Cuba’s government has declared Good Friday a public holiday for the first time since the revolution in 1959 after a request from Pope Benedict XVI.
A communiqué said the decision had been made after the success of Benedict XVI’s “transcendental visit”.
It came after the Pope spent more than 40 minutes meeting privately with President Castro and asked the Cuban leader for further freedoms for the Catholic Church in Cuba and attention to certain “humanitarian” situations.
Fr Federico Lombardi, the Vatican spokesman, told reporters that while he could not give the press details about the humanitarian cases raised during the meeting, the Pope did give Castro specific names of people in detention or suffering for other reasons the government was in a position to help alleviate.
The Pope also asked the government to consider declaring Good Friday a public holiday, Fr Lombardi said, adding that the Pope explained the significance for Catholics of the day commemorating Jesus’s death. The Pope said he hoped that, just as Blessed John Paul II’s trip to Cuba in 1998 led to Cuba recognising Christmas as a public holiday, he hoped Castro’s government would do the same with Good Friday.
The spokesman said the Pope expressed his pleasure at how Church-state relations had improved over the last 14 years and expressed his hope for “further developments” so that the Church could increase its contributions to Cuban society.
While not giving reporters a specific list of requests beyond the Good Friday holiday, Fr Lombardi said that “if the Pope says the Church wants to act for the good of society, it means he hopes the Church can express itself in additional ways,” including by running schools and hospitals and having greater access to the media.
“The Pope, like every Catholic, is asking for a chance to give our best” for the good of society, he said.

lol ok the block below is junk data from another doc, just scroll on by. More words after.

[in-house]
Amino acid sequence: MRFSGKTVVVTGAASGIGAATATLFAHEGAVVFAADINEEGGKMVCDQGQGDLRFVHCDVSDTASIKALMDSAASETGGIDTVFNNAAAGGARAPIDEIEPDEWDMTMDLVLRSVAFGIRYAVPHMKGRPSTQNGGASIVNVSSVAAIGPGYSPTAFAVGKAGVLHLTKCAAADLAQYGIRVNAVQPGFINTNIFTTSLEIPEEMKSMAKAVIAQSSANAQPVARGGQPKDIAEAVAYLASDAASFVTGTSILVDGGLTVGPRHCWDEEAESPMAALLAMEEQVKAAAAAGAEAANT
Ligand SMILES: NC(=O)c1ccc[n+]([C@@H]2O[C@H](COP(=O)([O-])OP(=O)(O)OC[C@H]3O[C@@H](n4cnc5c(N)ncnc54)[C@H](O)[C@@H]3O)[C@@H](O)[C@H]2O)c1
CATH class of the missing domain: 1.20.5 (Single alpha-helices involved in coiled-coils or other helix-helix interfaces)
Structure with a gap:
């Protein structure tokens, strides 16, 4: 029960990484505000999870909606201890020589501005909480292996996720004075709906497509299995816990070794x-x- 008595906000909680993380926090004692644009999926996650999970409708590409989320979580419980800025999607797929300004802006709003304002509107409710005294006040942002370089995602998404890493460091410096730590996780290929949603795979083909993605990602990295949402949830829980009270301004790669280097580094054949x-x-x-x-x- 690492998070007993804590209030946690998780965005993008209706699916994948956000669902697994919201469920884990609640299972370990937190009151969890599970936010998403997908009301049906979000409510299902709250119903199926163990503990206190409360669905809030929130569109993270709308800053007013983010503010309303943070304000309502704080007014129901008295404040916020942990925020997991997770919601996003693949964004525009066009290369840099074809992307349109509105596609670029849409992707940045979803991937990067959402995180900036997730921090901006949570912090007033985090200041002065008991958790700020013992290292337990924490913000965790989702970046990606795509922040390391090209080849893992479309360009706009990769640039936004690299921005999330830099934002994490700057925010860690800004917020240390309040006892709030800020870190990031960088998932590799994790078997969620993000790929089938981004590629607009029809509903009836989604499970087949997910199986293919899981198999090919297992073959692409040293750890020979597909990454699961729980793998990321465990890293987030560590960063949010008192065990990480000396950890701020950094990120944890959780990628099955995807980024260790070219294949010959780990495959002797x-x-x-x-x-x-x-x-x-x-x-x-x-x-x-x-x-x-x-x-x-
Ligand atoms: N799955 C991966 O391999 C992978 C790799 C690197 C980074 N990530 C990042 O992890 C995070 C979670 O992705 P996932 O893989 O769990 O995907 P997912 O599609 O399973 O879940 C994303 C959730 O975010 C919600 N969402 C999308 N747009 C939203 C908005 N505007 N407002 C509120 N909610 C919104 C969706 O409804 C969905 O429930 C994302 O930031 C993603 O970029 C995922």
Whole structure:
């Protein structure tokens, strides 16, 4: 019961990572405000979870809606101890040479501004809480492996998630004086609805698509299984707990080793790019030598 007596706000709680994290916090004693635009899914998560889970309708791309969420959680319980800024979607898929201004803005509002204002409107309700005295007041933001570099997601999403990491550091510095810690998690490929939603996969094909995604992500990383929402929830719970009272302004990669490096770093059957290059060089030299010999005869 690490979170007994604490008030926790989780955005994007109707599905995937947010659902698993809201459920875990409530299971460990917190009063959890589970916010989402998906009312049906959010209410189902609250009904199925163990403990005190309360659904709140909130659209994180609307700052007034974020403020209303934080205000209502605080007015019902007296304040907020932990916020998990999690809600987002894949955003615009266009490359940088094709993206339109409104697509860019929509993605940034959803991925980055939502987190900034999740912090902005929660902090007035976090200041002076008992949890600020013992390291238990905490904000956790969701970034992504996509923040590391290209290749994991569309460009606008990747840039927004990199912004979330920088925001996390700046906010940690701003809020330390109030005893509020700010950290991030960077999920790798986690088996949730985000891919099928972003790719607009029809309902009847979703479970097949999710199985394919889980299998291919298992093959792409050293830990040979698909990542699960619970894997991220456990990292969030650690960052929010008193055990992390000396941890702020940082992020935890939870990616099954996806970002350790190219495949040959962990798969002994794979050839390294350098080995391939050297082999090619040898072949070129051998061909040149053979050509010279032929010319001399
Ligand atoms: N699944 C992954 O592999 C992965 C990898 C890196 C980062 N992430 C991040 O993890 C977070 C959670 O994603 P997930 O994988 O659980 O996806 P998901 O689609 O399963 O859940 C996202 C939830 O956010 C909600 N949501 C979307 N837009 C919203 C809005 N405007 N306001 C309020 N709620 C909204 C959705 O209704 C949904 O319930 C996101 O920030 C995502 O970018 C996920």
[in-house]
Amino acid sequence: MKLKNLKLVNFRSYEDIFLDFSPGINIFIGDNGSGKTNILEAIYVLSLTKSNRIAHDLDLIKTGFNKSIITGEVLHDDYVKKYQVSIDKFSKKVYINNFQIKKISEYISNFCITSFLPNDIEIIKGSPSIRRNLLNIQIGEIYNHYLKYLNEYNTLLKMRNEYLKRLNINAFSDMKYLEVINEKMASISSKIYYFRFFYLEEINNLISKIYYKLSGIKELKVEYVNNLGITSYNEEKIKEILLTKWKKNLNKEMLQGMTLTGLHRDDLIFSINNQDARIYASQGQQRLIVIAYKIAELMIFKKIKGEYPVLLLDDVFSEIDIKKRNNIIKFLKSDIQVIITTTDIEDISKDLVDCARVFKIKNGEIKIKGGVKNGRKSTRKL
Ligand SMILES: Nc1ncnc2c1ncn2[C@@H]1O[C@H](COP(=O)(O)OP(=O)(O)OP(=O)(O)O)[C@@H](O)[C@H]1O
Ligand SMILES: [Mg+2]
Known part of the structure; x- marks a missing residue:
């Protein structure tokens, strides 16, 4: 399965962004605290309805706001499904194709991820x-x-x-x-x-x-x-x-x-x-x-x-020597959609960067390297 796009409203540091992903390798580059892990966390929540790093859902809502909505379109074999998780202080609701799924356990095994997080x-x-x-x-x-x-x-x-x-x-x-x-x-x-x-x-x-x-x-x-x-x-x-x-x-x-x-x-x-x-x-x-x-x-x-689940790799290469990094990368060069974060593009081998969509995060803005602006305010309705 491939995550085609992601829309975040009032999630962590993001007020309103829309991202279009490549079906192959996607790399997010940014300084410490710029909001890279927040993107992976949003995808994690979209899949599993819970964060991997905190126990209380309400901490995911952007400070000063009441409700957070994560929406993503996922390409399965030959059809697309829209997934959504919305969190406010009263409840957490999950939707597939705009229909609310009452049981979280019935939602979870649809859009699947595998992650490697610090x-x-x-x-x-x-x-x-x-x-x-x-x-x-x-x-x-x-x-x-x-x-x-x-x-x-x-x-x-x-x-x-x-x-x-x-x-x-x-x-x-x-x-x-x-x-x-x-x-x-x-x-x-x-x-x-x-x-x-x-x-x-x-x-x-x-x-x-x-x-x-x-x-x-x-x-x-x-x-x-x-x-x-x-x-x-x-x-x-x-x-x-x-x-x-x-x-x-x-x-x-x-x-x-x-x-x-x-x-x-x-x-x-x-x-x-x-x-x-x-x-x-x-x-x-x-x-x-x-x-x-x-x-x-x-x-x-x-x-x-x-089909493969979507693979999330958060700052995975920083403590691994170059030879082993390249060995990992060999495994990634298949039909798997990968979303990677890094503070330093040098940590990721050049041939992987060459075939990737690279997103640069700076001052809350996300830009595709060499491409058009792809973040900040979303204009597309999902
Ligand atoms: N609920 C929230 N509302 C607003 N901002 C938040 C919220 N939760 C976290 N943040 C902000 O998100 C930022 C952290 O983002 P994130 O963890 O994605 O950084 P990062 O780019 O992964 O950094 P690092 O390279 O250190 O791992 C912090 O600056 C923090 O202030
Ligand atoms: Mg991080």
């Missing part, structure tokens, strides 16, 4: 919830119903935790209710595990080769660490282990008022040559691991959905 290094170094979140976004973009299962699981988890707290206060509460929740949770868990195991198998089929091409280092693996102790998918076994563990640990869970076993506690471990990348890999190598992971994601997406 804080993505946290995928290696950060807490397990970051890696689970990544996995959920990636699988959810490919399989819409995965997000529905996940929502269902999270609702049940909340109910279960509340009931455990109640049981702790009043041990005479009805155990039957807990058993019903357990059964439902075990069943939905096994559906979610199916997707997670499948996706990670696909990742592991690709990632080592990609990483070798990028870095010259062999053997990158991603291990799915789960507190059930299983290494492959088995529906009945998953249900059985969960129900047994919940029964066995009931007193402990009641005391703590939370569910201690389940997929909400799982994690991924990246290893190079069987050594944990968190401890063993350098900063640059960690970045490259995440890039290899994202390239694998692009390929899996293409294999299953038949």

The private meeting was the third encounter between Pope Benedict and Mr Castro in two days; the president welcomed the Pope at the airport in Santiago de Cuba March 26 and greeted him briefly at the end of the Pope’s Mass there.
After their private meeting, the Pope and president exchanged official gifts. Mr Castro gave Pope Benedict a wooden sculpture of Cuba’s patroness, Our Lady of Charity of El Cobre, and the Pope gave the president a replica of a 15th-century atlas that has an annex featuring the newly discovered Americas.
The meeting took place in the Palace of the Revolution, a building housing the president’s office, the Cabinet offices and the Central Committee of the Communist Party of Cuba.
Mr Castro, 80, has served as Cuba’s president since 2008 when his older brother, Fidel, now 85, resigned for health reasons.
While the Pope met privately with the president, Cardinal Tarcisio Bertone, Vatican secretary of state, and other Vatican officials met with Castro’s vice president and other government ministers.
The Pope had arrived in Havana at noon from Santiago de Cuba, where he celebrated Mass March 26 and prayed before an image of Our Lady of Charity of El Cobre.
Pope Benedict’s arrival at Havana’s Jose Marti International Airport was a low-key, informal affair, since the formal welcoming ceremony was held in Santiago de Cuba the previous day.
Havana Cardinal Jaime Ortega Alamino greeted the pope, a troupe of young ballet dancers performed and a youth orchestra played. A small group of people – perhaps 100 – were allowed to stand outside by the terminal to welcome the Pope. Wearing white T-shirts and baseball caps, they chanted “Benedicto, amigo, Cuba esta contigo” (“Benedict, friend, Cuba is with you”).